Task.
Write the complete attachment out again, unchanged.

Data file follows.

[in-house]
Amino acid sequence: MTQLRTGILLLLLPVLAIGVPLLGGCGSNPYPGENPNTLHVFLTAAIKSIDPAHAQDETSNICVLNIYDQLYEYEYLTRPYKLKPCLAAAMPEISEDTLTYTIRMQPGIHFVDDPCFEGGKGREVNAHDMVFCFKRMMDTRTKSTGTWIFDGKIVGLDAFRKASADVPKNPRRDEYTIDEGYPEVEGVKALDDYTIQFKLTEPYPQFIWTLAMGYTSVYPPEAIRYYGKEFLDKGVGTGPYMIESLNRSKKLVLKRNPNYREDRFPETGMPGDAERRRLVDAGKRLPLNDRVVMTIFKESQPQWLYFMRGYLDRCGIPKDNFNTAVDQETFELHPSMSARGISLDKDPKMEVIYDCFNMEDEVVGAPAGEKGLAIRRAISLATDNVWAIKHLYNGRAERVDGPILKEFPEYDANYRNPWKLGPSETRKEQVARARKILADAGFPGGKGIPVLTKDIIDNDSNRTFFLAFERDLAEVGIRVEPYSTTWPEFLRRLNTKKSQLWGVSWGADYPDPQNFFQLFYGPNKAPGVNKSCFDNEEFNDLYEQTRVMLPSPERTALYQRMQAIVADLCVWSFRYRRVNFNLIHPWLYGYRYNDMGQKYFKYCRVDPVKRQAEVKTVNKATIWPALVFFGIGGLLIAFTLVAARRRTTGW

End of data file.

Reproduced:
[in-house]
Amino acid sequence: MTQLRTGILLLLLPVLAIGVPLLGGCGSNPYPGENPNTLHVFLTAAIKSIDPAHAQDETSNICVLNIYDQLYEYEYLTRPYKLKPCLAAAMPEISEDTLTYTIRMQPGIHFVDDPCFEGGKGREVNAHDMVFCFKRMMDTRTKSTGTWIFDGKIVGLDAFRKASADVPKNPRRDEYTIDEGYPEVEGVKALDDYTIQFKLTEPYPQFIWTLAMGYTSVYPPEAIRYYGKEFLDKGVGTGPYMIESLNRSKKLVLKRNPNYREDRFPETGMPGDAERRRLVDAGKRLPLNDRVVMTIFKESQPQWLYFMRGYLDRCGIPKDNFNTAVDQETFELHPSMSARGISLDKDPKMEVIYDCFNMEDEVVGAPAGEKGLAIRRAISLATDNVWAIKHLYNGRAERVDGPILKEFPEYDANYRNPWKLGPSETRKEQVARARKILADAGFPGGKGIPVLTKDIIDNDSNRTFFLAFERDLAEVGIRVEPYSTTWPEFLRRLNTKKSQLWGVSWGADYPDPQNFFQLFYGPNKAPGVNKSCFDNEEFNDLYEQTRVMLPSPERTALYQRMQAIVADLCVWSFRYRRVNFNLIHPWLYGYRYNDMGQKYFKYCRVDPVKRQAEVKTVNKATIWPALVFFGIGGLLIAFTLVAARRRTTGW